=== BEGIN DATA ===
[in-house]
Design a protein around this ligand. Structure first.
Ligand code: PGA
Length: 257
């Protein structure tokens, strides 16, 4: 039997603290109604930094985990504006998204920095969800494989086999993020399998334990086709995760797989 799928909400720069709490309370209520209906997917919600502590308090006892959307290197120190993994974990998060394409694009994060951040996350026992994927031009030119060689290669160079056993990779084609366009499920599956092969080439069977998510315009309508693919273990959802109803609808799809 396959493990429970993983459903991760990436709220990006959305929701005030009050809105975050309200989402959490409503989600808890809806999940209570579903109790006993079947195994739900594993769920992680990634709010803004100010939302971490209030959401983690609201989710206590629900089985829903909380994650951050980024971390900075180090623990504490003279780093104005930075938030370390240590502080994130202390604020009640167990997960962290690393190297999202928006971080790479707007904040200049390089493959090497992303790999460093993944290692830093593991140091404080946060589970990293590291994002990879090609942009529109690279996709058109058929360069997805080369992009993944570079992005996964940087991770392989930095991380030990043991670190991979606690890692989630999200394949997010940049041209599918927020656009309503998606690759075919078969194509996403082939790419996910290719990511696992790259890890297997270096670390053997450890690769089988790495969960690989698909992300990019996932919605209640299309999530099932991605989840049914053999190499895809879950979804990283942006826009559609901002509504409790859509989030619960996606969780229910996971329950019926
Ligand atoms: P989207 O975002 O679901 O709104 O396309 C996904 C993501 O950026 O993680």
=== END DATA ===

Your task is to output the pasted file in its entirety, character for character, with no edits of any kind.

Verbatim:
[in-house]
Design a protein around this ligand. Structure first.
Ligand code: PGA
Length: 257
């Protein structure tokens, strides 16, 4: 039997603290109604930094985990504006998204920095969800494989086999993020399998334990086709995760797989 799928909400720069709490309370209520209906997917919600502590308090006892959307290197120190993994974990998060394409694009994060951040996350026992994927031009030119060689290669160079056993990779084609366009499920599956092969080439069977998510315009309508693919273990959802109803609808799809 396959493990429970993983459903991760990436709220990006959305929701005030009050809105975050309200989402959490409503989600808890809806999940209570579903109790006993079947195994739900594993769920992680990634709010803004100010939302971490209030959401983690609201989710206590629900089985829903909380994650951050980024971390900075180090623990504490003279780093104005930075938030370390240590502080994130202390604020009640167990997960962290690393190297999202928006971080790479707007904040200049390089493959090497992303790999460093993944290692830093593991140091404080946060589970990293590291994002990879090609942009529109690279996709058109058929360069997805080369992009993944570079992005996964940087991770392989930095991380030990043991670190991979606690890692989630999200394949997010940049041209599918927020656009309503998606690759075919078969194509996403082939790419996910290719990511696992790259890890297997270096670390053997450890690769089988790495969960690989698909992300990019996932919605209640299309999530099932991605989840049914053999190499895809879950979804990283942006826009559609901002509504409790859509989030619960996606969780229910996971329950019926
Ligand atoms: P989207 O975002 O679901 O709104 O396309 C996904 C993501 O950026 O993680």